To extend @Poutnik's invisible river analogy, the cold air can also 'pool' in small dips.
On clear nights, temperature fluctuations are quite a frequent occurrence due to radiative cooling. If the air cools sufficiently to reach the dew point, then cloud can act as a 'tracer' for the air pockets.
An example of this are fog patches that you potentially pass through in certain conditions. The air in the fog patches is a little colder (or higher absolute humidity, for example over a lake) than the surrounding fog-free areas. Even if the air wasn't cold enough to form cloud, the same temperature variation can occur invisibly.
Here's an example from Wikimedia user Simo Räsänen:
In the mountains, the invisible rivers of cold, descending air that @Poutnik mentions can sometimes be seen by tracer clouds flowing down hillsides. Colder air is denser than the surrounding air and has less friction so gravity pulls it down. The areas with cloud will be colder than the adjacent cloud-free zones. This effect can lead to strong down-slope katabatic winds. In Antarctica this effect is responsible for some of the strongest winds in the world.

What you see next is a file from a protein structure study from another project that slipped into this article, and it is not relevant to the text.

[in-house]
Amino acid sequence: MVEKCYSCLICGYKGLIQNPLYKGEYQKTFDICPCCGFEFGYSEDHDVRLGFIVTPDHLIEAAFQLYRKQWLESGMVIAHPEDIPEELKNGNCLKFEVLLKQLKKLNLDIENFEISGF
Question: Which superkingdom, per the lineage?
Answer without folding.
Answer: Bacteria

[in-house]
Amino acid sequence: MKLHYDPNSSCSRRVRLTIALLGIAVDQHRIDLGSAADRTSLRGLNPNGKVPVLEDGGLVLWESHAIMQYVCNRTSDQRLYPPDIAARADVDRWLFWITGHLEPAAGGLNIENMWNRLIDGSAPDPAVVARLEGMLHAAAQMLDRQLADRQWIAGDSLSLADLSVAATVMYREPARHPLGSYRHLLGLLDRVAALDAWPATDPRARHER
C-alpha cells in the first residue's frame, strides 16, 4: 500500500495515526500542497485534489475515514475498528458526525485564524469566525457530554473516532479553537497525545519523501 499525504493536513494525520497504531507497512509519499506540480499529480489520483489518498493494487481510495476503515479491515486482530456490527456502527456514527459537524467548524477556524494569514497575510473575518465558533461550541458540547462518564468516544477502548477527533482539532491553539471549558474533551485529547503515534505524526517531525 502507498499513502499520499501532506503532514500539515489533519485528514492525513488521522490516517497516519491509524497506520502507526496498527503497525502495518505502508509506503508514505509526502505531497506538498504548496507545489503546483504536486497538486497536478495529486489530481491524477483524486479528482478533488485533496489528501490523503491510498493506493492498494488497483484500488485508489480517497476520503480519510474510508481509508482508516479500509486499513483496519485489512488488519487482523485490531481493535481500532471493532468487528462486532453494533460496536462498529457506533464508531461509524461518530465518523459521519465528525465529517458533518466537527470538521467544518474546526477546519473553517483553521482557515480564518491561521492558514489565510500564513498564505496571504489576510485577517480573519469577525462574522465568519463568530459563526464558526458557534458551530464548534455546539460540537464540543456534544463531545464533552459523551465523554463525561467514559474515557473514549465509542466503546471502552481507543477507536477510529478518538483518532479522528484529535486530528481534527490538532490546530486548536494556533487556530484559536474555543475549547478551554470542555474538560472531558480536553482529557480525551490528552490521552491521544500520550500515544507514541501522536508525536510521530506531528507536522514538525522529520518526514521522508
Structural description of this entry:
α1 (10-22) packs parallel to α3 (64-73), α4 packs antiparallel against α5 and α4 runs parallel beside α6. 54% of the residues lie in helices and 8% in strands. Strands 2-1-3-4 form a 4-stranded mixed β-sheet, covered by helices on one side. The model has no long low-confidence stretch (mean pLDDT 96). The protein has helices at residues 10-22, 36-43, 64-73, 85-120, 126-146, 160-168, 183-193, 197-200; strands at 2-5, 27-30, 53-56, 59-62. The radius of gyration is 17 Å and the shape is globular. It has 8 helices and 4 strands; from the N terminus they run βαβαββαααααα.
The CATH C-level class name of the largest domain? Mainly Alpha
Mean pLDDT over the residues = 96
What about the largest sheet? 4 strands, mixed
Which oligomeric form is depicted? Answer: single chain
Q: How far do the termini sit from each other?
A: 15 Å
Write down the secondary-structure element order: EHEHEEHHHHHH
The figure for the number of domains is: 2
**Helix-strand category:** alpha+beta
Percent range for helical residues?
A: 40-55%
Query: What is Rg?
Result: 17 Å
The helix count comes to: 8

Here's a good example from Wikimedia user Andrew J. Kurbiko:
To summarise, the key to the effect you noticed is almost certainly radiative cooling and the movement of colder denser air. Radiative cooling occurs due to any object above absolute zero giving off radiation. On a clear night this radiation passes through the Earth's atmosphere and is lost into space. This cools down the object (land) that the radiation came from. The land, in turn, cools down the air above it. On a cloudy night, the radiation is reflected by the clouds and reabsorbed by the land keeping the temperature constant.